Have you ever been interrupted during your presentation as “time’s up”?
Running out of time during your presentation, is that due to lack of pace or lacking the art of curating the key points? Well, it’s hard to say. There are so many variables involved. But, in short, a solution is called for to put this to an end.
Let’s take a different approach to discuss this today. Are you ready? We know that we sometimes go too off-track in our explanation or discussion, please comment us your opinions below. We welcome negative and positive, all kinds of feedback.
Here we go.
Video of your research is similar to a movie, where you get the chance to edit every detail before presenting to the public. You have the ability to best maintain the time limit by editing the script. On the contrary, presenting your research in front of an audience is like playing in a theater. It’s a live play. There’s no chance of getting corrected if a mistake happens in the middle. In this case, the only way to control your time limit is to practice it beforehand.
Certainly, there are pros and cons in both the sides. The ambiance of the conference could impact your Presentation. You have no control of the technical hurdles that the convention center has to provide. And it’s not to forget that your last night’s fatigue from travel could hinder your best on-stage performance. Sometimes, the audience likes to see the real actors playing. From the actors’ perspective too, the actors feel that exuberance when acting in front of real audience. In the case of the theater play, the actors control the throttle of the story-telling.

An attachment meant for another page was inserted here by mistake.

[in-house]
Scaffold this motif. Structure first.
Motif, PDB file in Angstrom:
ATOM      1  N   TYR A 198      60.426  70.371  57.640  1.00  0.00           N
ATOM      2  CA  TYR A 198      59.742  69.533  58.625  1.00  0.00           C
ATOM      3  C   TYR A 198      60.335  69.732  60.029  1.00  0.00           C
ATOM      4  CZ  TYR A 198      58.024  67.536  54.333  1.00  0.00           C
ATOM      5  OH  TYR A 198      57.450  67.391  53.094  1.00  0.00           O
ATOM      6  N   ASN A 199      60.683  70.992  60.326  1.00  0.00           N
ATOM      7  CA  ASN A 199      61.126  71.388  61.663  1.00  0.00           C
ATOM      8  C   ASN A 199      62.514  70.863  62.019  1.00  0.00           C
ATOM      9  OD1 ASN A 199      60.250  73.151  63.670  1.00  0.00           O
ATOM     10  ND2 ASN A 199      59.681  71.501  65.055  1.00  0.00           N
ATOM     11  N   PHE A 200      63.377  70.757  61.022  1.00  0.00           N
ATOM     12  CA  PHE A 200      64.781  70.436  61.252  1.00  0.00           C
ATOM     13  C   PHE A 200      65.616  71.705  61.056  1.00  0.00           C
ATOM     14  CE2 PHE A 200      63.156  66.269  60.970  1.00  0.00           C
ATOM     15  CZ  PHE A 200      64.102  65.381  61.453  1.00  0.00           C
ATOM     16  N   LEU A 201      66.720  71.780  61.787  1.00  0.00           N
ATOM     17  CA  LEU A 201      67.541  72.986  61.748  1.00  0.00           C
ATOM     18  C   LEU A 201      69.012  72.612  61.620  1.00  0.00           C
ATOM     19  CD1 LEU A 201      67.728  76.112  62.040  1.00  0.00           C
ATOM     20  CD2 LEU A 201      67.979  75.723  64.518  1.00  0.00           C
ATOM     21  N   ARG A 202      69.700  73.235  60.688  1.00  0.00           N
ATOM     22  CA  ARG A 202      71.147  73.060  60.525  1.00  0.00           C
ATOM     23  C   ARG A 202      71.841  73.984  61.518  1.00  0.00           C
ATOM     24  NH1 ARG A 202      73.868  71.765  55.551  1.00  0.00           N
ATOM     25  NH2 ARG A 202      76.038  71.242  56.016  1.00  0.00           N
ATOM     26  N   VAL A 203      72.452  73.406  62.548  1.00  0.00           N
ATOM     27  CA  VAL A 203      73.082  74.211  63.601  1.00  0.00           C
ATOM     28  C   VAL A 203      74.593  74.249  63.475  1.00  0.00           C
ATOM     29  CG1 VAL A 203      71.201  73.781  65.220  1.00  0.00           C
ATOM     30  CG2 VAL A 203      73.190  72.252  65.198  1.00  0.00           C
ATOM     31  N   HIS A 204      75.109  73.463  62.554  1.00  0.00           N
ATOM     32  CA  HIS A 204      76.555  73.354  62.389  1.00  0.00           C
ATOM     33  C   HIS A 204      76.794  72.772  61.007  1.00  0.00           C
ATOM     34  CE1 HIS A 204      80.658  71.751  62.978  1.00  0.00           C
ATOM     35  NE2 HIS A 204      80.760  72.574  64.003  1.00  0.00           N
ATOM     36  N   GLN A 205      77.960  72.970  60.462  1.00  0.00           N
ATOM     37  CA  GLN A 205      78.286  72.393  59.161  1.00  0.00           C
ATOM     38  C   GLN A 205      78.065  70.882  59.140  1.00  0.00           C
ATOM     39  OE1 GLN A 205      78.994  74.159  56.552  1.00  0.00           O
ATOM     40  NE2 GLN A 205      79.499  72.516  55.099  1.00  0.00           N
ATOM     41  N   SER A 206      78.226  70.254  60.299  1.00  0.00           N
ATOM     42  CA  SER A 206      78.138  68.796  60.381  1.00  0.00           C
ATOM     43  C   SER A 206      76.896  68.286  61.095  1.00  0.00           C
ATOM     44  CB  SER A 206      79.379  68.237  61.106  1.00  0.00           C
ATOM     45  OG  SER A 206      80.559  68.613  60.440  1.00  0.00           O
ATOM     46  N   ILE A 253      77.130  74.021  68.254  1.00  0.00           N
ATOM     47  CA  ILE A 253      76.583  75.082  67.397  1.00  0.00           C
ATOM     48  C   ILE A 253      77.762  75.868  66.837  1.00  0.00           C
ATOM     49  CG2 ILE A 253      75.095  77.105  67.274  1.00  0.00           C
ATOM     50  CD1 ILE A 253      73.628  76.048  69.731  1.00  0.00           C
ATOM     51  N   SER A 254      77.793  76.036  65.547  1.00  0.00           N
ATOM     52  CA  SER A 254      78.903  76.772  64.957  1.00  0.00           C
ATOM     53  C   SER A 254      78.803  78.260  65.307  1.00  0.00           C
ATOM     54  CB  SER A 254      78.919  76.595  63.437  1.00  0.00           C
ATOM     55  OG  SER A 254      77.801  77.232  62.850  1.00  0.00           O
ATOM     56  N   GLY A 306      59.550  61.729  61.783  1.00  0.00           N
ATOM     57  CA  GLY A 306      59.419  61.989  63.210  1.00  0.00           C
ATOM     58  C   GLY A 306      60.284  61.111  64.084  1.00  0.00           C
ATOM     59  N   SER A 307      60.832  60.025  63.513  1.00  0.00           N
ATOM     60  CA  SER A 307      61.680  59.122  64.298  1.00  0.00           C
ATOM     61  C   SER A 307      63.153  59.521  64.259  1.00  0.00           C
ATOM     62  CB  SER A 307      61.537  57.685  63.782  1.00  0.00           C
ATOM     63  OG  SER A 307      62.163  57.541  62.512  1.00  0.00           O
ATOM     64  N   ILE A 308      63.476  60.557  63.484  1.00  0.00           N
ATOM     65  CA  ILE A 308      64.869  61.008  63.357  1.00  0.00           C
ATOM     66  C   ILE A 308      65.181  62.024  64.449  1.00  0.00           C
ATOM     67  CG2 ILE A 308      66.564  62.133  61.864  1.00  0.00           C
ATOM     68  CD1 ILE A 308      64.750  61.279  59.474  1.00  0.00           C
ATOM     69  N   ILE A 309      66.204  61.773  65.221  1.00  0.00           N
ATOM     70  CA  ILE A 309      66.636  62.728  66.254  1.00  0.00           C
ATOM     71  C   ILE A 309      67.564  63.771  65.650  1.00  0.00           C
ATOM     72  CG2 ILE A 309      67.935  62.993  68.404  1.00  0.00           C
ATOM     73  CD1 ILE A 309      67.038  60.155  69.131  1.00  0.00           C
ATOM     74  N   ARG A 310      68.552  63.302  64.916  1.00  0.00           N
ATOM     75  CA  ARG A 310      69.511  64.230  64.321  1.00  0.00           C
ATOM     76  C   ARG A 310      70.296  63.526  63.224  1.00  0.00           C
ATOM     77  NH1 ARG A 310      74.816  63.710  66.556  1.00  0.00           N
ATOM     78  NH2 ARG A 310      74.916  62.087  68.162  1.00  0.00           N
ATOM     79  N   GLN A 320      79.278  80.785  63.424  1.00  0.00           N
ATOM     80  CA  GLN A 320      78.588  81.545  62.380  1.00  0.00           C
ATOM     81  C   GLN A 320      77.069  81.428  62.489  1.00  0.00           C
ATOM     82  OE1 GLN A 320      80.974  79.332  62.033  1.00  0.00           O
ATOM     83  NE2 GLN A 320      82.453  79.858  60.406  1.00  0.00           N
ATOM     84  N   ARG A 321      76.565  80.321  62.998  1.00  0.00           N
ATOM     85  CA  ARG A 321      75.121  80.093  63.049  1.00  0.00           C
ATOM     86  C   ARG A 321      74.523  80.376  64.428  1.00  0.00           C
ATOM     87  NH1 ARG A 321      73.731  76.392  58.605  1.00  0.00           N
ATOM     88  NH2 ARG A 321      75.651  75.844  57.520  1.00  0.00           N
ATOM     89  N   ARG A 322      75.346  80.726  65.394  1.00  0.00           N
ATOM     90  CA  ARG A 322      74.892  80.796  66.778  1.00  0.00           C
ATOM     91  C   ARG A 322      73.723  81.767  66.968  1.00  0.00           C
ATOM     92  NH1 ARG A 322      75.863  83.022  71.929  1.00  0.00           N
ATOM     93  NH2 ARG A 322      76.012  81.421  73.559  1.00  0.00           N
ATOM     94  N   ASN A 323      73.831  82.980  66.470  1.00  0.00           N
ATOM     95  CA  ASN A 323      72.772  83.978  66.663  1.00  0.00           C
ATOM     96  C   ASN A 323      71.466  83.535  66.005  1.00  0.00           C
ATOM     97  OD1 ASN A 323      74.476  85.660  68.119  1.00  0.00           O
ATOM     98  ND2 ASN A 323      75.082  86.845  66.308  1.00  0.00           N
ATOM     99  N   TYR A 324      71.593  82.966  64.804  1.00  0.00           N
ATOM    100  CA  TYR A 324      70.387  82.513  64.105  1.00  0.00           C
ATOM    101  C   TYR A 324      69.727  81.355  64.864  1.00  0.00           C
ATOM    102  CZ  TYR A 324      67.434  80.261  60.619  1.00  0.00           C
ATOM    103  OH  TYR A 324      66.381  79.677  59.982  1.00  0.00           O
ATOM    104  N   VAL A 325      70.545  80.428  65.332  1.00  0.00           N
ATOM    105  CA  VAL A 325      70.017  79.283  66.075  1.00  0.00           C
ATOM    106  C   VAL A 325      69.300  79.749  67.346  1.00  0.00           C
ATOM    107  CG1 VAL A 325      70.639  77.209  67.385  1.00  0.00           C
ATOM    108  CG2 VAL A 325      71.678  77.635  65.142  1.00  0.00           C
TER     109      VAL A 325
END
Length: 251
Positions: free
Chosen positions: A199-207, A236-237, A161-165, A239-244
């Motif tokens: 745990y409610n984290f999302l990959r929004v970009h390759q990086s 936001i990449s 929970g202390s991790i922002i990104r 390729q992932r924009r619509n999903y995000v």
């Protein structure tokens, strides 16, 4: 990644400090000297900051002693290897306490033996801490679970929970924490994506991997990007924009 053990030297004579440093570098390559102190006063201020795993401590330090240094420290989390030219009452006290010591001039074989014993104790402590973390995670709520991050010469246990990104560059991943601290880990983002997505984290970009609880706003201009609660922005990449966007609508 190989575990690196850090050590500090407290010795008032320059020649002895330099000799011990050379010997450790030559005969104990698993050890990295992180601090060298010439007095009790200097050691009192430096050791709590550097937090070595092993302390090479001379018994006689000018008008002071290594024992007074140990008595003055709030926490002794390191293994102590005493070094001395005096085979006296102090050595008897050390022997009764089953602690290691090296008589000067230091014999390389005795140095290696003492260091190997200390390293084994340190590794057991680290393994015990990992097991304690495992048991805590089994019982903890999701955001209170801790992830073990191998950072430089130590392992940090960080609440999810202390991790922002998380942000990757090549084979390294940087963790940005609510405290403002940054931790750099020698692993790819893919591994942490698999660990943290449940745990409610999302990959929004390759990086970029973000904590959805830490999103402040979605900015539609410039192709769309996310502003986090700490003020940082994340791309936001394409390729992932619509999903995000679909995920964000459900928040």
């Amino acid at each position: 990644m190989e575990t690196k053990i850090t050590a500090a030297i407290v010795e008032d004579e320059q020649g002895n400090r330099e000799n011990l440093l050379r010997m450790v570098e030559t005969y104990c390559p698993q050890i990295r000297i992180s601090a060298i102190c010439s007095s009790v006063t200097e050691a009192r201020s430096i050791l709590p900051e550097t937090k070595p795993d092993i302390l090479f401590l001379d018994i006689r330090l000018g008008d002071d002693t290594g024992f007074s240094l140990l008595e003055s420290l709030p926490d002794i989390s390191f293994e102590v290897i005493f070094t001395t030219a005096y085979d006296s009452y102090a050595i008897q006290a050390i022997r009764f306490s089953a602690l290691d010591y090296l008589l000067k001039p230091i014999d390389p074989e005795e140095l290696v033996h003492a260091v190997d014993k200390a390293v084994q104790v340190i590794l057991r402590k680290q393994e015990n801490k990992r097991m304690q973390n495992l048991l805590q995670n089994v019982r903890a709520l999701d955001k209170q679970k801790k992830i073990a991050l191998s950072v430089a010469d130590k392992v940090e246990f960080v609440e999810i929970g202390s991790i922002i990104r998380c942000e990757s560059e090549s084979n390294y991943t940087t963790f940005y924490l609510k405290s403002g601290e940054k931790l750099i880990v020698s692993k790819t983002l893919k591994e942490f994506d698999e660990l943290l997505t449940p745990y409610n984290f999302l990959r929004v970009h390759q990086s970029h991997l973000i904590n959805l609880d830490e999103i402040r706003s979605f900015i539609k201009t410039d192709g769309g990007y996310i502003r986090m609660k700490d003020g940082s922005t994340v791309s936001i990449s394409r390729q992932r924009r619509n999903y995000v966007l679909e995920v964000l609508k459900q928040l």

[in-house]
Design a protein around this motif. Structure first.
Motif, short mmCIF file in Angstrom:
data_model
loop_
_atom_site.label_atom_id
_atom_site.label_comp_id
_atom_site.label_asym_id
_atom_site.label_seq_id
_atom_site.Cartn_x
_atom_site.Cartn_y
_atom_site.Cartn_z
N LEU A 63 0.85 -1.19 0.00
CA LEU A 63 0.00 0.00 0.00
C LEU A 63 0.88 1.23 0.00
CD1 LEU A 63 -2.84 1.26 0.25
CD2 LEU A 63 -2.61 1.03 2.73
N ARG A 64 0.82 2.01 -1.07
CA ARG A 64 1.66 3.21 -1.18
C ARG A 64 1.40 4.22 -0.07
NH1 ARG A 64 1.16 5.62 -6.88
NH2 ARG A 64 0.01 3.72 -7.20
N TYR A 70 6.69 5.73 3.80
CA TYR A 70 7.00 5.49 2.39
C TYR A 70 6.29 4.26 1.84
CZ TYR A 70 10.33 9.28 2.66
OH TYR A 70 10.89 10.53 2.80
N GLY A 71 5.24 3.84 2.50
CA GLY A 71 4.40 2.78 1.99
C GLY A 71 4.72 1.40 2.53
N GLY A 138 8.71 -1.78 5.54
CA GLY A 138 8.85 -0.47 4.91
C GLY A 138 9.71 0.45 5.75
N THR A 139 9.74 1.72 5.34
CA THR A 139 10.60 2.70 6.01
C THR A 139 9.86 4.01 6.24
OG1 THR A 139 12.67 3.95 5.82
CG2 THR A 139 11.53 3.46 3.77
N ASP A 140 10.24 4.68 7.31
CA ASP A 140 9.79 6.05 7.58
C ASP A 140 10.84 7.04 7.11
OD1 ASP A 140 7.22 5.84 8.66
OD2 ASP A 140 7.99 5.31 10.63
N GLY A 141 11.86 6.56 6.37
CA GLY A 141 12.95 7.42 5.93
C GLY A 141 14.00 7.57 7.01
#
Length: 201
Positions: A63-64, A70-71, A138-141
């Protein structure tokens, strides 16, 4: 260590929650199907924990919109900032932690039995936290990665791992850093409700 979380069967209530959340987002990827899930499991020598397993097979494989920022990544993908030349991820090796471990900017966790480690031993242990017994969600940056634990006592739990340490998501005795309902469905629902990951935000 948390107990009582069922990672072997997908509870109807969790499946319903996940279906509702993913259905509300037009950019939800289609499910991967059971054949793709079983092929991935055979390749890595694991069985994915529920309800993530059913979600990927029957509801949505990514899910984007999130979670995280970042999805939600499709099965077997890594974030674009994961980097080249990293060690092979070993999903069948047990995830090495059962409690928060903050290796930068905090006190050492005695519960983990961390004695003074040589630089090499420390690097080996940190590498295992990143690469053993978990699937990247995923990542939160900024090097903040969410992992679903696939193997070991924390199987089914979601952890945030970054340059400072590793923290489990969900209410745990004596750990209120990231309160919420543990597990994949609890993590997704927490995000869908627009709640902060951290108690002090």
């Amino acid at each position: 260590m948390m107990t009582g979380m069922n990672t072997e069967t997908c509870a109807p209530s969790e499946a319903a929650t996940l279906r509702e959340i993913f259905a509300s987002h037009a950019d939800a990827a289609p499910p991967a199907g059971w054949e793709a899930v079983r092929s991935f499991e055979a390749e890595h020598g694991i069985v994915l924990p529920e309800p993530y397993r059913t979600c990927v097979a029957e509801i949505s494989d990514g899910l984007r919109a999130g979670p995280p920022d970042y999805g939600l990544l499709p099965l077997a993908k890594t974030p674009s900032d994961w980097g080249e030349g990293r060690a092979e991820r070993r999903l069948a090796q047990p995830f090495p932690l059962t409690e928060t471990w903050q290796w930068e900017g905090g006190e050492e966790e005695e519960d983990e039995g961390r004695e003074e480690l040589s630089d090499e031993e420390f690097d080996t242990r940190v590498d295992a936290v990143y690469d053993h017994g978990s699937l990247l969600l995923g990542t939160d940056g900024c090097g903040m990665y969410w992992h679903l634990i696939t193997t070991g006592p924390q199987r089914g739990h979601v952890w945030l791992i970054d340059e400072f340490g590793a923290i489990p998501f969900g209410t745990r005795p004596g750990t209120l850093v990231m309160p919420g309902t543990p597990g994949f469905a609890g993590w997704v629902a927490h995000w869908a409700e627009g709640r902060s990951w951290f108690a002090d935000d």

In terms of creating a movie, several failed behind-the-scenes are never presented but those do carry significant value in terms of the quality of the final product. There are so much more can be presented easily in a movie such as show-casing a non-human creature giving birth, using camera effects to explain a phenomenon, bringing a complex scientific finding into a vivid description. A movie can be played as many times as possible with the exact same content and style but the same theater play will not be the same.
Let’s dive into the abstract part in both the cases. The abstract part or the central theme of the story remains the same irrespective of the way it was presented. Therefore, an abstract video (or a trailer) serves the common purpose of a theater play or a movie.
Now, let’s get back to the original question we started with, the interruption during a presentation as zero time left. It’s better to compare the presentation as live play. As we understood that the interruption in a theater play is inevitable, the only thing the presenter can do is to exert every effort to cut short the ending slides. What if the abstract video of the study or research could be played to the audience before every live presentation, so that core points could have been covered in the abstract video? End slides left to cover won’t much matter if the abstract video renders you the main take-home messages.